Member since: Thu Oct 5, 2006, 02:23 PM
Number of posts: 2,453
Number of posts: 2,453
That is the same fraudulent claim that reducing taxes will stimulate the economy.
Both claims are based on trickle-down economics.
The economy will be stimulated only by increasing demand, that is, by increasing spending on goods and services.
The way to increase demand is to put money in the hands of those who will spend it.
This requires distributing spending so as to give income to the working and middle classes who will spend it, NOT the banks and NOT Wall Street, which suck the money out of the spending loop, and essentially are hoarders of money.
So, how should monetary assets be distributed to improve the economy?
Government should spend money on products and services that improve economic development such as infrastructure, education, health care, and research and development.
Another way to increase demand is to bring off-shored jobs back to the U.S. That means getting rid of one-sided, corporate-written trade agreements like NAFTA, CAFTA, the WTO, the IMF, and scuttle trade agreements such as the TPP.
Bringing outsourced jobs back to America will automatically increase wages as demand for workers increases.
However, to help the middle and working classes and increase demand in the near term, the minimum wage should be raised now to stimulate the economy.
The interest rates being kept low by the Fed are the interest rates on depositors' accounts, while the banks keep interest rates on credit card balances at 14 percent and higher.
This policy is the absolute reverse of what the banks should be doing to stimulate the economy. Middle class consumers are getting nothing for keeping money in a bank account, while the banks take a huge chunk out of middle class assets via high interest rates on loans (especially credit card balances) that the middle class could use to spend on goods and services.
The Fed is working for Wall Street, not main street. The Fed is not the solution. The Fed is part, a big part, of the problem.
Posted by AdHocSolver | Wed Jul 16, 2014, 02:11 AM (1 replies)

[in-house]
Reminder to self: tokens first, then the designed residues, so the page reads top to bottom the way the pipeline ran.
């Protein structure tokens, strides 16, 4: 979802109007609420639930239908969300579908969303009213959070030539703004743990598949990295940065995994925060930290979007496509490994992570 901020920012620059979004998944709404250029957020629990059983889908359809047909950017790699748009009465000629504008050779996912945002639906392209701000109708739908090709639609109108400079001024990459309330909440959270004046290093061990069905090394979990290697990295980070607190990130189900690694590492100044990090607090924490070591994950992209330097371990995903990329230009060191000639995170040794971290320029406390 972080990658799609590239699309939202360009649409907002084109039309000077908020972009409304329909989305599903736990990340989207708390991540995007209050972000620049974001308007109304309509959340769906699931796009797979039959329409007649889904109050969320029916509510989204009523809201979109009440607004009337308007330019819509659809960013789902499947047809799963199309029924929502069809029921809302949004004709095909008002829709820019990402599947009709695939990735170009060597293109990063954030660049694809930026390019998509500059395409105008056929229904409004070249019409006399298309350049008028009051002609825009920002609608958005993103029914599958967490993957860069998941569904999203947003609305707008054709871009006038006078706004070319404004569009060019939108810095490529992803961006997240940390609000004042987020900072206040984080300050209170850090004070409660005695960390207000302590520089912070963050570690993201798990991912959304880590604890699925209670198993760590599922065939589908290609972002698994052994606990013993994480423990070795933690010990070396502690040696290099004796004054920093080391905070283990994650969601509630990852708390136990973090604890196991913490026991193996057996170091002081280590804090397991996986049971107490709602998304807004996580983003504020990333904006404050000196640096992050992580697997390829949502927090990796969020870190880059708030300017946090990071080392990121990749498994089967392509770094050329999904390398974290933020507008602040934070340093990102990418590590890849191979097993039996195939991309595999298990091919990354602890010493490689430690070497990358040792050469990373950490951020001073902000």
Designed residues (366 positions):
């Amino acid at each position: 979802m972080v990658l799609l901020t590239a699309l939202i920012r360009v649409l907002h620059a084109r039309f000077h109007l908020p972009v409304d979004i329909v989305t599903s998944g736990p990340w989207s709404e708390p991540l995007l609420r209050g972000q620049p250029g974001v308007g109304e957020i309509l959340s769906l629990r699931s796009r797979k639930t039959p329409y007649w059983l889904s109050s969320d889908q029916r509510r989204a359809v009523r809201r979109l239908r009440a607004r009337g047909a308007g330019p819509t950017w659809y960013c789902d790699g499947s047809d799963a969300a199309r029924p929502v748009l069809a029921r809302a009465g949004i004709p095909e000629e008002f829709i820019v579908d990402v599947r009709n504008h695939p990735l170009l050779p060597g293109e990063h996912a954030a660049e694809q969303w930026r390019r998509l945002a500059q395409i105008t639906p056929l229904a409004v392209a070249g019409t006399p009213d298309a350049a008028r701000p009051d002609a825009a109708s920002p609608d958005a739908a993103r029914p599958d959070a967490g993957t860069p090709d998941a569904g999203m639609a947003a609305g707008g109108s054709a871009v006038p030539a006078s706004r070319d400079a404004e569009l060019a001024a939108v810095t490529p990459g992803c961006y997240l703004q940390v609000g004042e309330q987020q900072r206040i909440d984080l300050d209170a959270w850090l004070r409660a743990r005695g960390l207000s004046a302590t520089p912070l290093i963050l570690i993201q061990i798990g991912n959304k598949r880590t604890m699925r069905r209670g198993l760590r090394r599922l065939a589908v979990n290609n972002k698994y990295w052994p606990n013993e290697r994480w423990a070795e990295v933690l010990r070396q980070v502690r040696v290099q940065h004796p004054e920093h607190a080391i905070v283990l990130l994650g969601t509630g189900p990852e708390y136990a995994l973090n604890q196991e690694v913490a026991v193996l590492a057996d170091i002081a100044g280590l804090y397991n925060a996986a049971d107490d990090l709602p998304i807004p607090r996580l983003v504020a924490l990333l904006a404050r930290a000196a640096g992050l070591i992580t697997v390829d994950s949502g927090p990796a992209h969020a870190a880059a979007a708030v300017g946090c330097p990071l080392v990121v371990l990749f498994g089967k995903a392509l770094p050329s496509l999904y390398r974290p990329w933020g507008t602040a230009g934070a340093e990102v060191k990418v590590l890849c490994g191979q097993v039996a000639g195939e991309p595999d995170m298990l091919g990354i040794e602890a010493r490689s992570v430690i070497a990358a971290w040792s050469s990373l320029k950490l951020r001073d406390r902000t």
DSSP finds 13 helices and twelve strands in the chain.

While Keynesian economics may be cited by the Federal Reserve as the rationale for its policy of easy credit, its activity is actually promoting "trickle down" economics for the benefit of the 1 percent.
As Stockman suggests in the article, easy credit is being used by those who already have some significant wealth as "free money" to "gamble" in the real estate and stock markets.
Keynes' postulated that governments should spend money on infrastructure to provide jobs and income for workers who would then be able to purchase goods and services (increase demand) and thereby grow the economy and create more jobs.
The Fed, by keeping interest rates artificially low, is actually damaging the economy, by cheating depositors out of a realistic return on their savings. Unemployed people cannot borrow and spend money when they have no income to repay the loans.
Moreover, bank depositors earn less on their savings than the current inflation rate so they lose principal.
Meanwhile, the wealthy get essentially "free" money to rig the stock market, buy out existing American companies and ship the jobs to China, and send the profits to tax havens such as the Cayman Islands.
Federal Reserve policy is NOT the solution to our economic problems. The Fed is a primary CAUSE of our current economic problems.
Posted by AdHocSolver | Sat Jun 21, 2014, 08:36 PM (1 replies)
The suckers (i.e., the non-1 percenters who "gamble" in the stock market) hold fast to the fiction that they can "beat" the system and come out the winner.
As in any gambling system, the house always comes out ahead by taking a cut of the gambled money. The 1 percent always comes out ahead. The money (the "capital gains") of the few winners among the 99 percent comes not from the 1 percent, but from the losses incurred by the losers among the other 99 percent.
The results are that some of the 99 percent make some "profit", a larger share of the 99 percent loses their "investment", and the billionaire players who rig the system take a big share of the losses of the 99 percent not won by the 99 percent that gained some "profit".
The 99 percent who refuse to see how the system is rigged are of the same mind-set as the climate change deniers. They refuse to understand the way the capitalist system actually works.
Their faith in the capitalist system is the same as the religious fundamentalists who believe that the Earth is 6,000 years old, and that Adam and Eve rode around on dynosaurs.
Interestingly, and unfortunately, the fiction of the mythology called Capitalism is more ingrained in the population, than the mythology of Creationism.
Posted by AdHocSolver | Sat Jun 21, 2014, 07:24 PM (1 replies)
The information at the link you provide helps explain how it works.
Reading the comments section at the link is also informative.
The stock market is NOT an indicator of the health of the REAL economy.
How quickly people forget Enron, as well as the boom-and-bust of the stock and real estate markets driven by "bad" mortgages and mortgage-backed securities.